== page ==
s the Covid-19 crisis shakes the corporate world, Britain’s biggest companies are undergoing profound changes. The Black Lives Matter movement has shone a separate light on the lack of diversity in many corporate structures.
In this period of disruption, businesses are examining their responsibility to society more closely than ever. And perhaps none more so than the food retailers. Sainsbury’s CEO, Simon Roberts, has doubled down on the supermarket’s commitment to customer and employee safety, backing this up with bonuses for 157,000 staff in recognition of their efforts to continue providing a vital service for their local communities.
The latest release of Tortoise’s Responsibility 100 Index, a unique ranking of the FTSE 100 on their commitment to key, social and ethical objectives, shows there is much progress yet to be made.
Perhaps most strikingly, our data shows that only nine FTSE 100 companies report on BAME representation at senior management level. Of those, only three report on the BAME pay gap. In contrast, all FTSE companies report on the gender pay gap: because they are obliged under law to do so.
Updated every quarter, the R100 Index uses more than 10,000 data points from roughly 200 publicly available sources to track FTSE 100 companies and to measure the difference between their promises on sustainability and the actual actions they take.
We hope it will prove a key tool to measure how companies respond to the Covid-19 crisis going forward. Today’s update is based primarily on data relating to a pre-Covid period, including a slew of 2018-19 annual reports released in April and May. But it will set a valuable benchmark to measure corporate change in future.
For now, however, these are the main findings of the quarterly update to the R100. Of the 61 companies that have released reports since March, we found that:
- Out of the few companies reporting BAME representation at the senior management level, none made any significant progress in improving representation of black, Asian and minority ethnic groups among their overall workforce. In fact, just one company – BP – reported an increase in ethnic diversity at senior manager level.
- Phoenix Group, the insurance provider, saw a significant drop in its ethnic diversity, with BAME employees making up 16 per cent of their workforce in the year before, but just 5 per cent in their most recent report.
- 31 per cent failed to decrease their emissions since the previous year, where “emissions” is defined as the combination of direct (known as “scope 1”) emissions and indirect (“scope 2”) emissions from energy use. This said, as a group, the 61 companies cut their greenhouse gas production by 39 million tonnes, with an average decrease of 11 per cent since the previous year.
- 12 companies increased their proportion of electricity from renewables. As a group, the average proportion of electricity from renewable sources for these 61 companies increased from 67 per cent to 78 per cent over the course of a year.
- Half have improved representation of women at senior management level, with the biggest improvements at Tesco, Melrose Industries, the turnaround specialist and Taylor Wimpey, the housebuilder. Together, the 61 companies improved the average proportion of women as senior managers from 27.8 per cent to 28.7 per cent.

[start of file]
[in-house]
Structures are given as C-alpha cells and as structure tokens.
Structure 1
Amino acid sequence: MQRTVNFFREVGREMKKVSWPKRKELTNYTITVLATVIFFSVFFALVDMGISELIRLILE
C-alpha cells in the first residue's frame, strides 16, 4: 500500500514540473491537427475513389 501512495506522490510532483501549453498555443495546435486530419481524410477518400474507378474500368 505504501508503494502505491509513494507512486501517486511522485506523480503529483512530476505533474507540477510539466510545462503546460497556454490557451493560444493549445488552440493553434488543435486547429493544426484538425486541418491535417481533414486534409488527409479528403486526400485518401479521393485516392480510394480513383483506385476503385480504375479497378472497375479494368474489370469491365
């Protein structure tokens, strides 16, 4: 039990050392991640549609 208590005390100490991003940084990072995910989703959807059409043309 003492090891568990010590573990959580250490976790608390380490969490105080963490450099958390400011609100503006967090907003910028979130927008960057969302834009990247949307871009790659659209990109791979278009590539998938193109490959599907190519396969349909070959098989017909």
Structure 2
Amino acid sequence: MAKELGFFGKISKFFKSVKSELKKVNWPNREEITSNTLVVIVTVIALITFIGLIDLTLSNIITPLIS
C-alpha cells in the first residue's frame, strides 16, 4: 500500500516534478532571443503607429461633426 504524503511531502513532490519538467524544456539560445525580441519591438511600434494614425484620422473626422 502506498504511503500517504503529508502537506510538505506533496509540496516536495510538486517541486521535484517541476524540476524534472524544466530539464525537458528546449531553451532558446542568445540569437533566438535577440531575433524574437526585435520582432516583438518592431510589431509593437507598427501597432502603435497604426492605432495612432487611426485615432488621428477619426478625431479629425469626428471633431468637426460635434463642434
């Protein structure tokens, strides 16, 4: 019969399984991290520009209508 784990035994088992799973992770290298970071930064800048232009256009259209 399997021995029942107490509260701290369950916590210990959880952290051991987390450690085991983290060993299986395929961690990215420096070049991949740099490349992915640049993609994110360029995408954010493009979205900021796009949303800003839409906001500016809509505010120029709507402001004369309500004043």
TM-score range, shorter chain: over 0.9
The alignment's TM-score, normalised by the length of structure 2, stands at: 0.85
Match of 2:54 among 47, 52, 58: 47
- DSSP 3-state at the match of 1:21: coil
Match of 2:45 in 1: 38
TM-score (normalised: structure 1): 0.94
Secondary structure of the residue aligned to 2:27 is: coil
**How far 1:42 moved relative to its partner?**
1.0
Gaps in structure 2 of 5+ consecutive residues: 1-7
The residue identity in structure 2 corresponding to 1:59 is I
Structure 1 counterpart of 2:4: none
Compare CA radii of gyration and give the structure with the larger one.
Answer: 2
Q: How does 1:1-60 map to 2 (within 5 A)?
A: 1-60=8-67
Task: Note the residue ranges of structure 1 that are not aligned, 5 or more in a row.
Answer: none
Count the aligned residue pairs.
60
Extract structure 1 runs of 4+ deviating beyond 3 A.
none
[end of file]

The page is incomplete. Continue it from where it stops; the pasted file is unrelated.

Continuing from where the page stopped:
- Every company reporting on charitable contributions gave more this year compared to the year before according to their annual report. The average annual charitable contribution per company increased from £35.5 million to £38 million.
- Employee satisfaction – a measure that is calculated via yearly surveys – rose from 75 per cent to 80 per cent, with voluntary turnover correspondingly dropping from 15 per cent to 13 per cent. Notably, though, these employee surveys all took place before the coronavirus pandemic took hold.
The ranking found that the best performing companies included Unilever, the consumer goods giant, Severn Trent, the water company, Diageo, the spirits maker, and AstraZeneca, the pharmaceutical company. When compared to the previous edition, many of the top companies retained their position, with Unilever maintaining its spot at first place.
One of the most striking takeaways is the stark difference between what companies say they do versus what they actually do – or, in other words, the gap between their talk and their walk. Talk scores highlight the amount that companies talk about issues surrounding responsibility, while walk scores measure the more tangible actions that companies take.
We found that the company with the greatest gap between “walk” and “talk” was Coca-Cola Hellenic Bottling Company, the company that makes the bottles for Coca Cola, which ranked 4th place for talk and 58th for walk – a total gap of 54. Next in line was mining company Antofagasta, with a talk rank of 35 and a walk rank of 89.
The Index methodology is guided by United Nations’ 17 Sustainable Development Goals, which were introduced in 2015 “to achieve a better future for all” by 2030. These remain ever-relevant, but with companies in the midst of a major disruption, there are inevitably some new questions to be asked around the meaning of corporate responsibility and how companies should be held accountable in this new era. This is something that we will develop in the upcoming editions of the index.
The quarterly update coincides with the recent reshuffle of the FTSE 100, which led to four companies dropping out of the index, namely the budget airline EasyJet, cruise operator Carnival, British Gas owner Centrica, and engineering firm Meggitt. Taking their spots are gambling company GVC Holdings, software provider Avast, emergency repairs firm Homeserve, and the retailer Kingfisher.